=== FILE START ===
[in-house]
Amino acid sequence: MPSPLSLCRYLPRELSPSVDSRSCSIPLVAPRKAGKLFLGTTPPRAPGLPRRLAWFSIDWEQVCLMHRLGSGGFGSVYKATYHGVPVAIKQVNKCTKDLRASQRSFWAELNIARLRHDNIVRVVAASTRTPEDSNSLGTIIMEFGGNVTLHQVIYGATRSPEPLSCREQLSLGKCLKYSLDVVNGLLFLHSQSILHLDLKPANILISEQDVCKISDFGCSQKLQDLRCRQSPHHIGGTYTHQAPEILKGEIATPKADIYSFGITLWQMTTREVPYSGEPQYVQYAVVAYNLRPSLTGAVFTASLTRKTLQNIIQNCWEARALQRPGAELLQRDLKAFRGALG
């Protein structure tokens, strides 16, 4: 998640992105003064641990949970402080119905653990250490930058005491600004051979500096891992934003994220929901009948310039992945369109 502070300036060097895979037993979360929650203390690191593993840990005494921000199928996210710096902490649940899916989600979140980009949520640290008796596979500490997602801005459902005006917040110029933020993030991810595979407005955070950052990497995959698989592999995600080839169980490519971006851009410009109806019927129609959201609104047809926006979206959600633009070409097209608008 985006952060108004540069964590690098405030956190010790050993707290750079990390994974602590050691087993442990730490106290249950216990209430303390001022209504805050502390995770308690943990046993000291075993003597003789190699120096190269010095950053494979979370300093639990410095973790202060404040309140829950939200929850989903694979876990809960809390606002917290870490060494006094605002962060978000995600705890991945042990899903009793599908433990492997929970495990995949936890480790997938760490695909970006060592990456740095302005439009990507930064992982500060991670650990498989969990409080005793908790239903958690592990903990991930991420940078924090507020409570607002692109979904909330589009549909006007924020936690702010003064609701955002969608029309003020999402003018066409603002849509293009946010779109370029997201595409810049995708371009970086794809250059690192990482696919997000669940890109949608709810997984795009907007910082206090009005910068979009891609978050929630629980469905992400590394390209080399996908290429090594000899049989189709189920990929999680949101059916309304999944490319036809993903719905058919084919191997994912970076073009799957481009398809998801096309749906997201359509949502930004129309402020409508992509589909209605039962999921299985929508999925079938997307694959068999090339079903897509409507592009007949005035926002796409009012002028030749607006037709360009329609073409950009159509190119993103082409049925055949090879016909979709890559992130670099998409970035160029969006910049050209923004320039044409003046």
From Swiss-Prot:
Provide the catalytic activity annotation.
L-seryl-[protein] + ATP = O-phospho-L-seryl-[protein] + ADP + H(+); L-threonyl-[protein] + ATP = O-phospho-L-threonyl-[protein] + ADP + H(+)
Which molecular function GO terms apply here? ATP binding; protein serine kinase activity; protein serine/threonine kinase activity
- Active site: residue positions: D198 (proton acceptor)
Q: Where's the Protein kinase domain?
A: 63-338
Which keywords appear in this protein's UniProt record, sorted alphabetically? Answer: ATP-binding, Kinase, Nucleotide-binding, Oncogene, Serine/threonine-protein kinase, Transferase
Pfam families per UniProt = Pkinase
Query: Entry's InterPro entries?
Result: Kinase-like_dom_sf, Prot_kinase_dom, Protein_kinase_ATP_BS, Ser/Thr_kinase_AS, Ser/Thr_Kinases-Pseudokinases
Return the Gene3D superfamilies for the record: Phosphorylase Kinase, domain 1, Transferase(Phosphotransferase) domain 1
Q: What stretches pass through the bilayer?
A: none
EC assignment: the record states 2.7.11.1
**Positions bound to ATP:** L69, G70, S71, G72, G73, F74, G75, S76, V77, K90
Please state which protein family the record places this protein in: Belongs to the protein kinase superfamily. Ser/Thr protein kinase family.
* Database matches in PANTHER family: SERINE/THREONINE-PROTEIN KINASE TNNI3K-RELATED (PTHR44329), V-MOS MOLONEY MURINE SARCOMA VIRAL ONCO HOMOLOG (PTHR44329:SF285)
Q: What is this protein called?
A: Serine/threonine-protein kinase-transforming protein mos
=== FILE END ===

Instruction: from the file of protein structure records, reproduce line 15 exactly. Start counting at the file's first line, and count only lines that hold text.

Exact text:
Return the Gene3D superfamilies for the record: Phosphorylase Kinase, domain 1, Transferase(Phosphotransferase) domain 1